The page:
Page 8, 28th October 1955

28th October 1955
Page 8
Page 8, 28th October 1955 — President of two universities

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President of two universities

Fr. W. Coleman Nevils, S.J., former President of Georgetown University and of the University of Scranton. has died in New York, aged 77. Another distinguished American Jesuit, Fr. Laurence Kelly. the last Provincial of the Maryland-New York province before it became three provinces. has died in Georgetown Hospital at the age a 85 When he was first put on the throne, the young hereditary Emperor of Vietnam appeared to be one of the more serious minded and promising of Eastern rulers. He favoured genuine reforms which would improve the hard life of the millions of " little men" who make up t e mass of the nation and opposed the corruption which was so prevalent.

Chronic instability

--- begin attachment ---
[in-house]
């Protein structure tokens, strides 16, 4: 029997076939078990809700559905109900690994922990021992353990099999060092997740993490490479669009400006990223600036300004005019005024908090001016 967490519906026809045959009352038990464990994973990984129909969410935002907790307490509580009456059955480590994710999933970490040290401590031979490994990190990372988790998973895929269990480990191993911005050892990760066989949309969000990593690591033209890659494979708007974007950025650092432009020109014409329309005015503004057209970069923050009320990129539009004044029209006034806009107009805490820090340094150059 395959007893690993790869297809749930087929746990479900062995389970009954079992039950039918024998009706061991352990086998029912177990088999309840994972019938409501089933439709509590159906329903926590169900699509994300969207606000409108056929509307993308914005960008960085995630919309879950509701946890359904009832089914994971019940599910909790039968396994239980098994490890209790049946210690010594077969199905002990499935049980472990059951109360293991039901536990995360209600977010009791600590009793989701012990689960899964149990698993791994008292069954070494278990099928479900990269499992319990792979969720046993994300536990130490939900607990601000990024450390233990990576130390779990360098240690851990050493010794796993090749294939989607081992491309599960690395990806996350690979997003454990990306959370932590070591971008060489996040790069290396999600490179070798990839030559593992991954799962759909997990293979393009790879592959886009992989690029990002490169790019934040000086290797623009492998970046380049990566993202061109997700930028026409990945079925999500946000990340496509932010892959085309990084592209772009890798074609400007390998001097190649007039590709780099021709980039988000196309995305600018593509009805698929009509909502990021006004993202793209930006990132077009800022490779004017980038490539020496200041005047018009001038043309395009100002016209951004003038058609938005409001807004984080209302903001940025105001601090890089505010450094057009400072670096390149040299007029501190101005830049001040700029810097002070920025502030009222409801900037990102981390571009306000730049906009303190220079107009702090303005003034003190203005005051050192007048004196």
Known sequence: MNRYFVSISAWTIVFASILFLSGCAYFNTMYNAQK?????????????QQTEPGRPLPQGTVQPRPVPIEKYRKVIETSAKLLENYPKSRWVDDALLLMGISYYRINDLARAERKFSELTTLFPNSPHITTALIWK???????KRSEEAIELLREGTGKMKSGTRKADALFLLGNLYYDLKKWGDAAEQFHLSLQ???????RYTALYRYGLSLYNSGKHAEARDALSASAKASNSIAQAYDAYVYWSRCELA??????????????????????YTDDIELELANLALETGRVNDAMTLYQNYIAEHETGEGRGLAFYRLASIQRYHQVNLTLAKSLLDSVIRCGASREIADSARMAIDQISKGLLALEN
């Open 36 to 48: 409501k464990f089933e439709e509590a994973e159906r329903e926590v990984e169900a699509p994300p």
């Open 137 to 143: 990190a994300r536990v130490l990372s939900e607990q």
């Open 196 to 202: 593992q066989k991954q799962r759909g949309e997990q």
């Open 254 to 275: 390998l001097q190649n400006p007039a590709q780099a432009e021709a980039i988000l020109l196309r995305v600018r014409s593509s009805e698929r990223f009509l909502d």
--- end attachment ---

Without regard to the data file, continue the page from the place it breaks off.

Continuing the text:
But he was made the pawn in a game in which he had little say.

The post-war years were years of chronic political instability in France and this was inevitably reflected in the country's colonial policies. Indecision at home played into the hands of the worst elements overseas.

Soon a disheartened Ban DM. exiled to a demoralising and corrupting life of luxury, was gaining for himself, justly or unjustly. the reputation for becoming a second Farouk.

Now he has become one of the casualties resulting from the rejection of the West by an awakening Asia.

The State of which Ngo Dinh Diem becomes head is one in which Communism is still strong. There are still considerable pockets of the country which to all intents and purposes are Communist-ruled, for the Reds left strong forces behind them when they officially withdrew to the North. The Communist Party's agents are everywhere, They are even. it is believed, inside the Government itself.

A giant task Added to this is the chaos caused by the presence of very nearly a million homeless refugees from the North, and an economy disrupted by years of war and by the fact that the industrial half of the country has been given to the Communists.

South Vietnam's constitutional problem may have been solved by the referendum, but far greater problems still await solution.

The Catholic President of Asia's new republic has a giant task before him.

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